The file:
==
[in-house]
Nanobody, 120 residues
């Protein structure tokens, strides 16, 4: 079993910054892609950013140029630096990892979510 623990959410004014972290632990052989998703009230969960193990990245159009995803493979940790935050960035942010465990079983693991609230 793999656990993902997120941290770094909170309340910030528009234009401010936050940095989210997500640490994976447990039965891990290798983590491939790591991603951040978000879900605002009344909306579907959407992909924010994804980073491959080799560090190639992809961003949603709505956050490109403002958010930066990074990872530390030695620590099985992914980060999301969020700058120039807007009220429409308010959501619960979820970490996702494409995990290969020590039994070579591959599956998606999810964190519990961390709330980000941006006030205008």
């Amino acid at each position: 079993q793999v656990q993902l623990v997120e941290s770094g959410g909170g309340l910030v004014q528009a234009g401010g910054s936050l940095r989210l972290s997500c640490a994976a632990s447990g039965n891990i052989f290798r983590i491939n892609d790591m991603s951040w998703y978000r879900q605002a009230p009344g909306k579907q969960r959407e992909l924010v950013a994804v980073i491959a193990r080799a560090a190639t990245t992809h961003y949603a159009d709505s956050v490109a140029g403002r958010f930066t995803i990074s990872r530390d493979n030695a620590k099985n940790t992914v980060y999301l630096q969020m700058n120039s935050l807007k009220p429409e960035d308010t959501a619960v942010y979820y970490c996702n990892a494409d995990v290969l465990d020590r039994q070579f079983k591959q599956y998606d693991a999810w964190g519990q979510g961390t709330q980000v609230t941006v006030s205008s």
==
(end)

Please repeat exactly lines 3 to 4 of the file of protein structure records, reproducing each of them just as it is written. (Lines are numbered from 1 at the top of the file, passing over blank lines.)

């Protein structure tokens, strides 16, 4: 079993910054892609950013140029630096990892979510 623990959410004014972290632990052989998703009230969960193990990245159009995803493979940790935050960035942010465990079983693991609230 793999656990993902997120941290770094909170309340910030528009234009401010936050940095989210997500640490994976447990039965891990290798983590491939790591991603951040978000879900605002009344909306579907959407992909924010994804980073491959080799560090190639992809961003949603709505956050490109403002958010930066990074990872530390030695620590099985992914980060999301969020700058120039807007009220429409308010959501619960979820970490996702494409995990290969020590039994070579591959599956998606999810964190519990961390709330980000941006006030205008």
């Amino acid at each position: 079993q793999v656990q993902l623990v997120e941290s770094g959410g909170g309340l910030v004014q528009a234009g401010g910054s936050l940095r989210l972290s997500c640490a994976a632990s447990g039965n891990i052989f290798r983590i491939n892609d790591m991603s951040w998703y978000r879900q605002a009230p009344g909306k579907q969960r959407e992909l924010v950013a994804v980073i491959a193990r080799a560090a190639t990245t992809h961003y949603a159009d709505s956050v490109a140029g403002r958010f930066t995803i990074s990872r530390d493979n030695a620590k099985n940790t992914v980060y999301l630096q969020m700058n120039s935050l807007k009220p429409e960035d308010t959501a619960v942010y979820y970490c996702n990892a494409d995990v290969l465990d020590r039994q070579f079983k591959q599956y998606d693991a999810w964190g519990q979510g961390t709330q980000v609230t941006v006030s205008s």